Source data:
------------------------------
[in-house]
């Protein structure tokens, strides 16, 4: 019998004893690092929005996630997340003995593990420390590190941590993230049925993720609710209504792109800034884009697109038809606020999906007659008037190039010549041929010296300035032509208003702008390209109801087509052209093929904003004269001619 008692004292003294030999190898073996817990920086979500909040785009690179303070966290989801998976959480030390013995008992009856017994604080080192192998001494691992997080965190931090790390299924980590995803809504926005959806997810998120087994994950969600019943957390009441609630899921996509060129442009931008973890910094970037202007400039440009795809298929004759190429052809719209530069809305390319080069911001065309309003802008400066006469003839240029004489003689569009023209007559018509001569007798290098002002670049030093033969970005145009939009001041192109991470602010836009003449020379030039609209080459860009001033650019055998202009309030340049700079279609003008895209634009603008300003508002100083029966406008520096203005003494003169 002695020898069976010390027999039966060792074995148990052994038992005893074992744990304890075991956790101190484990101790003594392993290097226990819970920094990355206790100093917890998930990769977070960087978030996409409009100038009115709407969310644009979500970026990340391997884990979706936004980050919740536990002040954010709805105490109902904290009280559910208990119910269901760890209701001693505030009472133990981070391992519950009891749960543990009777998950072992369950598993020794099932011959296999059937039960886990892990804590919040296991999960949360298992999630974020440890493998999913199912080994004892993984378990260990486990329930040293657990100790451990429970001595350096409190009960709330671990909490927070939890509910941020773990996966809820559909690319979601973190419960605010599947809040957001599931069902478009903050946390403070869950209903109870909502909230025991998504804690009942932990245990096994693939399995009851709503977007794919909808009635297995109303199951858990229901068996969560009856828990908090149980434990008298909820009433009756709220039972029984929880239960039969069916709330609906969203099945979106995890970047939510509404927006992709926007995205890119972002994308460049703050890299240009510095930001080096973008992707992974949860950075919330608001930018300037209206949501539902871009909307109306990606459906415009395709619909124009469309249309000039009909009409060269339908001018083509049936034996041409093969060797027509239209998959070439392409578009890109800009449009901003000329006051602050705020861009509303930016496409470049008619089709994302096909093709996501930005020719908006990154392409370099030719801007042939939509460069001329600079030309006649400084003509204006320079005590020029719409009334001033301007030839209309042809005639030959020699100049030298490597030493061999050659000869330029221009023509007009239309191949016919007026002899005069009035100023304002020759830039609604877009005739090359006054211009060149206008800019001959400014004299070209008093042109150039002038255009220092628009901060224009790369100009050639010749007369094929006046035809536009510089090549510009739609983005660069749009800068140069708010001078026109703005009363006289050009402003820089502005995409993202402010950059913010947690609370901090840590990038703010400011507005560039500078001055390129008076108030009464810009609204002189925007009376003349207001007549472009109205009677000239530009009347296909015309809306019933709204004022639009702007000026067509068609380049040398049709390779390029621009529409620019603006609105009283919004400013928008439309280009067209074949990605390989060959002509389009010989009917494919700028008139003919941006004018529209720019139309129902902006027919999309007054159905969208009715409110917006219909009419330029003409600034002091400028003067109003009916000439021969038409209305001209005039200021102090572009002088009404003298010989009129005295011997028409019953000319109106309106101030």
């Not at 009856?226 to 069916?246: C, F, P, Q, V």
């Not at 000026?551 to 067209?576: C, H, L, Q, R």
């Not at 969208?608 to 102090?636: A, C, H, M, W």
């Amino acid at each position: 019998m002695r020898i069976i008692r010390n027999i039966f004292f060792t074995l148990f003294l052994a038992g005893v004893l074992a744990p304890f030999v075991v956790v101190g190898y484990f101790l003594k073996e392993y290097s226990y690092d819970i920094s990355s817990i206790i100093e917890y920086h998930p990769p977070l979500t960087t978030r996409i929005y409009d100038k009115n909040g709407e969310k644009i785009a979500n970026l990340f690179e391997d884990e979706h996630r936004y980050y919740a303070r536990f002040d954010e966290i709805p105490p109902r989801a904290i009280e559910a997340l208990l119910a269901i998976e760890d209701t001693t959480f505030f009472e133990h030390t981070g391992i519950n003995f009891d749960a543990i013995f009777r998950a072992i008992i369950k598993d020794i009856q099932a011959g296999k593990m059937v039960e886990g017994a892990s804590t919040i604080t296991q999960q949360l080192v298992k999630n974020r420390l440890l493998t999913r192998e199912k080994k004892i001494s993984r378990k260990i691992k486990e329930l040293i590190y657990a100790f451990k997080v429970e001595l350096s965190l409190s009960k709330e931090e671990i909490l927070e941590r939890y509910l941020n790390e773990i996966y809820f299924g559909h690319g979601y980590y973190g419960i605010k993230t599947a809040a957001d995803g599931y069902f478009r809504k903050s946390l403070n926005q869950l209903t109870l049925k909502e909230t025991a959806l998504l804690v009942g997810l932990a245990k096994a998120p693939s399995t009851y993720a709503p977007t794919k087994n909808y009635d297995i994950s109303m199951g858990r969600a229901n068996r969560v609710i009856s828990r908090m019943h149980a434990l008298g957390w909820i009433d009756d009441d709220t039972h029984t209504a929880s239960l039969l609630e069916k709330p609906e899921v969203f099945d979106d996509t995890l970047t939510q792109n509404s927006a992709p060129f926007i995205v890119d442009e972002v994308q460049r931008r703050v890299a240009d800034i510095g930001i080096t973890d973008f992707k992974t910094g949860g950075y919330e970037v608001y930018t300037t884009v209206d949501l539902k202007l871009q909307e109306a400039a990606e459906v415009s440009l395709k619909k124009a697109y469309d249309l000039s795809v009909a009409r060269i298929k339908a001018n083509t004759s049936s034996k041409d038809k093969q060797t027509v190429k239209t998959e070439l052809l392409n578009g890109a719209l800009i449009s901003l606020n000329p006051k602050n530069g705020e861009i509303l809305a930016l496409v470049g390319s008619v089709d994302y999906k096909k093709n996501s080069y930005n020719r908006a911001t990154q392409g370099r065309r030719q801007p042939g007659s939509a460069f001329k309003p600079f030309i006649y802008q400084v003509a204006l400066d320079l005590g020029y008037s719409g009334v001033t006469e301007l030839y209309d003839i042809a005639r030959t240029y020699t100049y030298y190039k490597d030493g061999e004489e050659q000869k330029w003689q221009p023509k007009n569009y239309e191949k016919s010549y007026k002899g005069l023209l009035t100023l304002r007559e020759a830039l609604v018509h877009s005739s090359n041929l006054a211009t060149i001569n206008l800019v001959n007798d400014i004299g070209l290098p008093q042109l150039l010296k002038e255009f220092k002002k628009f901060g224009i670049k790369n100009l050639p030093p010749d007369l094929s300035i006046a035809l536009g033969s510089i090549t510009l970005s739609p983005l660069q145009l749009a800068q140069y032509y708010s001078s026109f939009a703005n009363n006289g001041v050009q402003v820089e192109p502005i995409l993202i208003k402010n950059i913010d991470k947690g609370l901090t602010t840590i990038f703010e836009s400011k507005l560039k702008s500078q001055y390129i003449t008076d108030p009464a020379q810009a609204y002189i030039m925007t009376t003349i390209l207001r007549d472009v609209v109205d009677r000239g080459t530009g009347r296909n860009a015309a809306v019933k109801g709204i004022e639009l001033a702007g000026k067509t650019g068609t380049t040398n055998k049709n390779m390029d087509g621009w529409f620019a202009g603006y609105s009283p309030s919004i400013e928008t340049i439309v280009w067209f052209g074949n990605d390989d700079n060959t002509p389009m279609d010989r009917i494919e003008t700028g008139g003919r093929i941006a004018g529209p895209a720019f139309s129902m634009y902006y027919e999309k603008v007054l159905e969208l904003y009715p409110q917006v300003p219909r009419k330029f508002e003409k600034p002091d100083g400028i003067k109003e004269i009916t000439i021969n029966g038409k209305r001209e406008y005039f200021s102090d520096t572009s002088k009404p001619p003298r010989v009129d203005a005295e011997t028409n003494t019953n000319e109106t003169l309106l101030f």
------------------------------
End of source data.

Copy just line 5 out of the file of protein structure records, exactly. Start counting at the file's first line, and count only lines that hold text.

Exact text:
């Not at 969208?608 to 102090?636: A, C, H, M, W």